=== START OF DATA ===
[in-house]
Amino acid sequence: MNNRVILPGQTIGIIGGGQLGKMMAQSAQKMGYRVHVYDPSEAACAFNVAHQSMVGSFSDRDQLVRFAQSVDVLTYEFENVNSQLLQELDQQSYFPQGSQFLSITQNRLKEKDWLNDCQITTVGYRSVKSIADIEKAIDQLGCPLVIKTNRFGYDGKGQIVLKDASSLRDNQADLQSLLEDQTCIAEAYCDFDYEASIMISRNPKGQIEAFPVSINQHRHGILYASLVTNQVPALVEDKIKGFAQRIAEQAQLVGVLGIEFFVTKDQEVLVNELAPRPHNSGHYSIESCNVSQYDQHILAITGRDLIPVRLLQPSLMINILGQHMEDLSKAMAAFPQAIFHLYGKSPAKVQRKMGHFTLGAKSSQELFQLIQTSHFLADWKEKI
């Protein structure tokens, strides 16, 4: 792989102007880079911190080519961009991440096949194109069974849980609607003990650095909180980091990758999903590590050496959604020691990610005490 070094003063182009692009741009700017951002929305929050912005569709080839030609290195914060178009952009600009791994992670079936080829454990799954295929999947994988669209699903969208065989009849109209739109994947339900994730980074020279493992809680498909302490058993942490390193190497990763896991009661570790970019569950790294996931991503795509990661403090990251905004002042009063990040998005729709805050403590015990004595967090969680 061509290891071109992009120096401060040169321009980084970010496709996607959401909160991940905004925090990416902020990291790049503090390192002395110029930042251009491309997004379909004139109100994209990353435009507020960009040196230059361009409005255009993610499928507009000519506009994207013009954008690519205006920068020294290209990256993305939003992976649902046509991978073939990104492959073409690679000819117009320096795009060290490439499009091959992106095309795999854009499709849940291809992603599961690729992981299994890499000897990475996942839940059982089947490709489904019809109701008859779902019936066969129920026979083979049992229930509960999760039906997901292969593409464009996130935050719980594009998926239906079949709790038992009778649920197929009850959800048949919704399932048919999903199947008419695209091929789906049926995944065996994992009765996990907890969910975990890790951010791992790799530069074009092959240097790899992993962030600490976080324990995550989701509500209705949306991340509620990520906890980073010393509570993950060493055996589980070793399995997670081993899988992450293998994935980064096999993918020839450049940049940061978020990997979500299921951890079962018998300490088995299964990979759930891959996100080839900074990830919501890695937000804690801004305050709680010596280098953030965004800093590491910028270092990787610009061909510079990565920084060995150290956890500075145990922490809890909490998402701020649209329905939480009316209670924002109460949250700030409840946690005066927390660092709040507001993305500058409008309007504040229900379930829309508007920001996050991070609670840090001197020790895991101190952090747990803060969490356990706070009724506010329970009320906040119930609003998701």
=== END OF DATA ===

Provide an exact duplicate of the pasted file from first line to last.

[in-house]
Amino acid sequence: MNNRVILPGQTIGIIGGGQLGKMMAQSAQKMGYRVHVYDPSEAACAFNVAHQSMVGSFSDRDQLVRFAQSVDVLTYEFENVNSQLLQELDQQSYFPQGSQFLSITQNRLKEKDWLNDCQITTVGYRSVKSIADIEKAIDQLGCPLVIKTNRFGYDGKGQIVLKDASSLRDNQADLQSLLEDQTCIAEAYCDFDYEASIMISRNPKGQIEAFPVSINQHRHGILYASLVTNQVPALVEDKIKGFAQRIAEQAQLVGVLGIEFFVTKDQEVLVNELAPRPHNSGHYSIESCNVSQYDQHILAITGRDLIPVRLLQPSLMINILGQHMEDLSKAMAAFPQAIFHLYGKSPAKVQRKMGHFTLGAKSSQELFQLIQTSHFLADWKEKI
């Protein structure tokens, strides 16, 4: 792989102007880079911190080519961009991440096949194109069974849980609607003990650095909180980091990758999903590590050496959604020691990610005490 070094003063182009692009741009700017951002929305929050912005569709080839030609290195914060178009952009600009791994992670079936080829454990799954295929999947994988669209699903969208065989009849109209739109994947339900994730980074020279493992809680498909302490058993942490390193190497990763896991009661570790970019569950790294996931991503795509990661403090990251905004002042009063990040998005729709805050403590015990004595967090969680 061509290891071109992009120096401060040169321009980084970010496709996607959401909160991940905004925090990416902020990291790049503090390192002395110029930042251009491309997004379909004139109100994209990353435009507020960009040196230059361009409005255009993610499928507009000519506009994207013009954008690519205006920068020294290209990256993305939003992976649902046509991978073939990104492959073409690679000819117009320096795009060290490439499009091959992106095309795999854009499709849940291809992603599961690729992981299994890499000897990475996942839940059982089947490709489904019809109701008859779902019936066969129920026979083979049992229930509960999760039906997901292969593409464009996130935050719980594009998926239906079949709790038992009778649920197929009850959800048949919704399932048919999903199947008419695209091929789906049926995944065996994992009765996990907890969910975990890790951010791992790799530069074009092959240097790899992993962030600490976080324990995550989701509500209705949306991340509620990520906890980073010393509570993950060493055996589980070793399995997670081993899988992450293998994935980064096999993918020839450049940049940061978020990997979500299921951890079962018998300490088995299964990979759930891959996100080839900074990830919501890695937000804690801004305050709680010596280098953030965004800093590491910028270092990787610009061909510079990565920084060995150290956890500075145990922490809890909490998402701020649209329905939480009316209670924002109460949250700030409840946690005066927390660092709040507001993305500058409008309007504040229900379930829309508007920001996050991070609670840090001197020790895991101190952090747990803060969490356990706070009724506010329970009320906040119930609003998701």